This paper builds on a recent discussion of map-making and early Greek prose narratives, by adding a consideration of some world-mapping narratives in Athenian tragedy. In Space and Time in Ancient Greek Narrative, Alex Purves observes a distinction in epic narratives between the divine worldview, which can see the whole universe at once, and the human one, which is limited. Thus the bard, about to recite the catalogue of ships, invokes the Muse; he needs the help of divine vision to outline his map of the world (Purves 36). Purves notes that when the first maps began to be drawn, there also appeared the first descriptions of the world which do not rely on the Muse for divine inspiration (97ff), and she points specifically to the prose narratives of Pherecydes and Herodotus as marking a break from the divine monopoly on world-making in epic poetry.
A discussion of Athenian tragedy is outside the scope of Purves’ book. This paper takes tragedy into account as a non-prose genre offering important examples of narrative world-mapping which do not rely on the Muses’ vision for inspiration or information.
For instance, Prometheus’ description of Io’s wanderings in Prometheus Bound can be compared with Herodotus’ account of the world structured as a journey-narrative. Further, like Pherecydes’ prose account of Zas’ gift to Chthonie of a map-robe, which transforms her from something invisible and unknowable into the visible Gaia, or surface of the earth (Purves 100-108), Prometheus’ map-making, as he offers it to Io, navigates the process of her transformation from the unknown daughter of a river, concealed in an alien natural form, into a renowned bride of Zeus. Io’s identity here, as in Aeschylus’ Suppliants, marks and divides the surface of the world with the words ‘Ionia’ and ‘Bosphoros’ (Seaford 143). This map-making is a tragic response to the Hesiodic cosmogony, inspired by the Muses, but in Prometheus Bound, we have an explicit and subversive displacement of divine Mnemosyne and her daughters by the new technology of the alphabet, an invention claimed by the humanistic champion Prometheus earlier in the play (γραμμάτων τε συνθέσεις, μνήμην ἁπάντων, μουσομῆτορ᾽ ἐργάνην… 460-61). Admittedly, Prometheus himself is divine, but his role here is to defy and replace the old order with technologies enabling humans to be independent of Zeus and the Muses. About to describe at length the extensive map of Io’s future wanderings (πολύδονον πλάνην, 788) Prometheus exhorts her to “inscribe it on the remembering writing tablets of [her] mind” (ἐγγράφου σὺ μνήμοσιν δέλτοις φρενῶν, 789).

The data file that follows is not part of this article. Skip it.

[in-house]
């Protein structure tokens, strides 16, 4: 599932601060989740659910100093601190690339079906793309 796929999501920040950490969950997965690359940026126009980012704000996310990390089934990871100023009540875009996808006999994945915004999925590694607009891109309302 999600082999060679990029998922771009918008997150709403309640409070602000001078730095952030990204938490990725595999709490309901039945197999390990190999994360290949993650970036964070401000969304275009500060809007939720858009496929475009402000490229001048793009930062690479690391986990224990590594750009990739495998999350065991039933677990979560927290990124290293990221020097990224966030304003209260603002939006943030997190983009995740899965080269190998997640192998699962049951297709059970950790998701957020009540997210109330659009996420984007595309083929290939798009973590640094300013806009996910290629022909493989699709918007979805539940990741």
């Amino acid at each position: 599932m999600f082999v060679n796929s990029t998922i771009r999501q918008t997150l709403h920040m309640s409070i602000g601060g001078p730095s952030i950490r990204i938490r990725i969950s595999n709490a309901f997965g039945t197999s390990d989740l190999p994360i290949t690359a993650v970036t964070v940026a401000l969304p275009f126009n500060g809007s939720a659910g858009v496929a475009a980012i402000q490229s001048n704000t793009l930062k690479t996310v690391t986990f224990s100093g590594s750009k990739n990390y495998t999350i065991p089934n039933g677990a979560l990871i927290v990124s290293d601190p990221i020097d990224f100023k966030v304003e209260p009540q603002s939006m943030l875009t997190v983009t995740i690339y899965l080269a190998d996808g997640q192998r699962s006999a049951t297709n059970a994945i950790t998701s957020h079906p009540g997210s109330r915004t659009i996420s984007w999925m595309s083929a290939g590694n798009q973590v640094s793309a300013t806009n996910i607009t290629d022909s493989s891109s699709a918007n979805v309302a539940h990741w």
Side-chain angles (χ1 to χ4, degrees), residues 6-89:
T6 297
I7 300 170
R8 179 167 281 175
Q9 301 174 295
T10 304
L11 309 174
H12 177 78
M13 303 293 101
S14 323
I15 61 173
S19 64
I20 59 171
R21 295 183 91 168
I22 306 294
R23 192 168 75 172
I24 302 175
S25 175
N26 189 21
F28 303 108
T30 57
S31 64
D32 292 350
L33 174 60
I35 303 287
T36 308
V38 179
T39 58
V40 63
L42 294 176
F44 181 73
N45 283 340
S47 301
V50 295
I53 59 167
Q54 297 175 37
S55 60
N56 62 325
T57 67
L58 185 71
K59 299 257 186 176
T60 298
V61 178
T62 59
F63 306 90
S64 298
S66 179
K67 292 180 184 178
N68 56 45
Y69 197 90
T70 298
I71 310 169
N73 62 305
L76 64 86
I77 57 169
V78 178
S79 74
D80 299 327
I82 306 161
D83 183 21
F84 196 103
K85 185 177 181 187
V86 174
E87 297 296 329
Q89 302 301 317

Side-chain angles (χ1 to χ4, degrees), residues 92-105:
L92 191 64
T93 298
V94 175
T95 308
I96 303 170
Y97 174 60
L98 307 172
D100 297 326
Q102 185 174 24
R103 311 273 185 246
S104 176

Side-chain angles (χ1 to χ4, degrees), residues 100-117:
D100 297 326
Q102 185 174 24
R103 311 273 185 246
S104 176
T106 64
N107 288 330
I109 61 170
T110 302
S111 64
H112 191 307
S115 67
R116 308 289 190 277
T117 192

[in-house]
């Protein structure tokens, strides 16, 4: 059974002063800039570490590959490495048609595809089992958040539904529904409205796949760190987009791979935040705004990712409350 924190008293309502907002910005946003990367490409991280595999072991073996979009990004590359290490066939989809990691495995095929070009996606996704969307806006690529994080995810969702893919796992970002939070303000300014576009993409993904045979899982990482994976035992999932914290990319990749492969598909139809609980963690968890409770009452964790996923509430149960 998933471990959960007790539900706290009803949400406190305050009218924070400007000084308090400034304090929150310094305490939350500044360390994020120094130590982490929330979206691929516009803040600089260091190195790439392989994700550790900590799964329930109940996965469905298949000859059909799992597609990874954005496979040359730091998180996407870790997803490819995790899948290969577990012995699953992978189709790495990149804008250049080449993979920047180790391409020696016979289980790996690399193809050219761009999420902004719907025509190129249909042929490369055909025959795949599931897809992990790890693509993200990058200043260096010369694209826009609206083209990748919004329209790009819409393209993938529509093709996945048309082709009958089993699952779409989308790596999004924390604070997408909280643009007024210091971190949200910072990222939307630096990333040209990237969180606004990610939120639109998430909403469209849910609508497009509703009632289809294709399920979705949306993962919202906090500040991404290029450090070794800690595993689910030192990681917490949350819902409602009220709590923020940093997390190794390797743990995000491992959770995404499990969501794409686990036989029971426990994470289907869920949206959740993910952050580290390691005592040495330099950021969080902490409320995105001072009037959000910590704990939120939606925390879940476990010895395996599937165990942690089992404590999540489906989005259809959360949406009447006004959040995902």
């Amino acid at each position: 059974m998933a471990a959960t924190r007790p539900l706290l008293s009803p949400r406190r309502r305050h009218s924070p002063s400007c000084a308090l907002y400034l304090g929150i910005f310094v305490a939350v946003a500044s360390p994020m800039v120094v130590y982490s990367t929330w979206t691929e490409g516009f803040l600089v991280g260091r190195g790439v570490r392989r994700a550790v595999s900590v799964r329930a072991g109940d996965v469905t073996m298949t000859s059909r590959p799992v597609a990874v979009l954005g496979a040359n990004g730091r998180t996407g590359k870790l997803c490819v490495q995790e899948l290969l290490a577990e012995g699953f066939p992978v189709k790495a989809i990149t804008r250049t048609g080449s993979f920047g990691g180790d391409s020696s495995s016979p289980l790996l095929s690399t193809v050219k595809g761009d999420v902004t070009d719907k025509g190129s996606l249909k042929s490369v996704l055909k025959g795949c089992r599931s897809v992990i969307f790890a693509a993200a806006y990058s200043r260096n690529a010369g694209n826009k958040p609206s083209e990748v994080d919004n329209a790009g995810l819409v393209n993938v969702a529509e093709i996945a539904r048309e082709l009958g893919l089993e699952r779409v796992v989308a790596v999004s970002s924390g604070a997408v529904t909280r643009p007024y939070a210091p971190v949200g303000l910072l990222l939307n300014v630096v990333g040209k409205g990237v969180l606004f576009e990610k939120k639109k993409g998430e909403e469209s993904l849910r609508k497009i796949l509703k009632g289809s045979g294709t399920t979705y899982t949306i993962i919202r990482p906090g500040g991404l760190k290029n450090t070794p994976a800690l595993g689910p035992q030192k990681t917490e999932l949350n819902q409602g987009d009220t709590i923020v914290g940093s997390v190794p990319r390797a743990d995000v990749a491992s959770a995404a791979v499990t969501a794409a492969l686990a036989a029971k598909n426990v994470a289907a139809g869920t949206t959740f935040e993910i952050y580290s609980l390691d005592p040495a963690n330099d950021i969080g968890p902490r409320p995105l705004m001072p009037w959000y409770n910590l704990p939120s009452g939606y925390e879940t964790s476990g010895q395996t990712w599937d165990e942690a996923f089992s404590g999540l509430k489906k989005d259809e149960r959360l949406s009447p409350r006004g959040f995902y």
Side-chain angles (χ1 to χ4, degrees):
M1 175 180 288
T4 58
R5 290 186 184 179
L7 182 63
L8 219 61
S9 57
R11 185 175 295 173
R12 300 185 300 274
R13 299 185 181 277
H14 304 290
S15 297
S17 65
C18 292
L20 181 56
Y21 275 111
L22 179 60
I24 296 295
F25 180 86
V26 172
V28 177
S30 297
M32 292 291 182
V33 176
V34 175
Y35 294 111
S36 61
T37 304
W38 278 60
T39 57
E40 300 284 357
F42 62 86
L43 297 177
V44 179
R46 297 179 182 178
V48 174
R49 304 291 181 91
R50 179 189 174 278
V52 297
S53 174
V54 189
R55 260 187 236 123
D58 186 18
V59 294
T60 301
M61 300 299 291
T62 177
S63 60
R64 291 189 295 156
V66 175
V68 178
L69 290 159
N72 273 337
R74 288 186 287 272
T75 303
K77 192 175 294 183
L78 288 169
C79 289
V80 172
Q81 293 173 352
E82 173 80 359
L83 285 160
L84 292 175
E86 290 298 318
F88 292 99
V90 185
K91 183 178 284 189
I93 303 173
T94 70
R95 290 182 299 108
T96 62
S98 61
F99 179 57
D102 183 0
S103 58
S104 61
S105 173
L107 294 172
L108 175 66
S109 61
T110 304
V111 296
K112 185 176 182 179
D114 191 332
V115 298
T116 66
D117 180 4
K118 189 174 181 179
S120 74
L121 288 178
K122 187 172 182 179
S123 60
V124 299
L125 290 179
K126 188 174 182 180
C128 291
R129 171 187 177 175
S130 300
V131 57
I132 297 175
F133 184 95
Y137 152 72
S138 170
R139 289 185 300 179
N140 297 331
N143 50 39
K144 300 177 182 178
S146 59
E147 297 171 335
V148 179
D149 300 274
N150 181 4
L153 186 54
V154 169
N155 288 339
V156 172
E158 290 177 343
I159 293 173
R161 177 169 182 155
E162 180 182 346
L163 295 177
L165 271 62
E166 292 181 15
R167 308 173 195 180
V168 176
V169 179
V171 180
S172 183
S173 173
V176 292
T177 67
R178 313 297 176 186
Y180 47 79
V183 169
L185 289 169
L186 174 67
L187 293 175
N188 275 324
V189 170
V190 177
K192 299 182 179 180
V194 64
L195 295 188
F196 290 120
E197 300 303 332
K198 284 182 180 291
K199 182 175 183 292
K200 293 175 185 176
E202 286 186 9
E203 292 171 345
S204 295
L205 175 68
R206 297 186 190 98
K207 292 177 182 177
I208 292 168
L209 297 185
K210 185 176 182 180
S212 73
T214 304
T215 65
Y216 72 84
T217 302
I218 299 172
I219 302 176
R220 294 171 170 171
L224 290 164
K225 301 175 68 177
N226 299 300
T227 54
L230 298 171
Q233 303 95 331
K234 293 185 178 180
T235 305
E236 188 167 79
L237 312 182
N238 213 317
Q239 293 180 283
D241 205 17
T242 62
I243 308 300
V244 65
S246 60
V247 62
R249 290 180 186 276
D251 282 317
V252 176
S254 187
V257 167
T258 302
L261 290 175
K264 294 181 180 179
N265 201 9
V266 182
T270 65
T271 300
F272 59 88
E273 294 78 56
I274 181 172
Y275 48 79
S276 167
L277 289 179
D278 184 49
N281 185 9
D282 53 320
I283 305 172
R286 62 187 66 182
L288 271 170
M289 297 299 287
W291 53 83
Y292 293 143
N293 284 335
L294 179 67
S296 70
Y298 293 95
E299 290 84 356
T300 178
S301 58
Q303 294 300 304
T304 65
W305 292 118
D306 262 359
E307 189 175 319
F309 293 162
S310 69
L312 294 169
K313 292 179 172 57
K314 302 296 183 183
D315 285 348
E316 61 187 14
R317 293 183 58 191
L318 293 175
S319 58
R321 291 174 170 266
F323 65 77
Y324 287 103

Equally defiant in her subversion of the established order is Clytemnestra, whose beacon speech in Aeschylus’ Agamemnon lays claim to a new technology that supplants the slower map-making of her husband’s epic Trojan expedition (Rosenmeyer 116-117). Goldhill discusses (50-51) the function of this speech as the presentation of a new system of signs, which Clytemnestra goes on to interpret for the chorus, as she constructs her own narrative about the fall of Troy. As Clytemnestra inserts herself here into the epic tradition, she is informed not by the Muses but by the semiotic devices she herself has invented.
Purves’ observation is compelling, that graphic map-making and prose travel narratives appear at the same time in Greek culture, but these pre-Herodotean examples of map-making narratives in Greek tragedy, a non-prose genre, add a further dimension to the discussion, and suggest that the role of increasing literacy in general should be taken into account in a consideration of the conceptual ordering of space in the Greek imagination in the archaic and classical periods.
Greek Tragedy: Rhetoric, Cartography, and the Death of Astyanax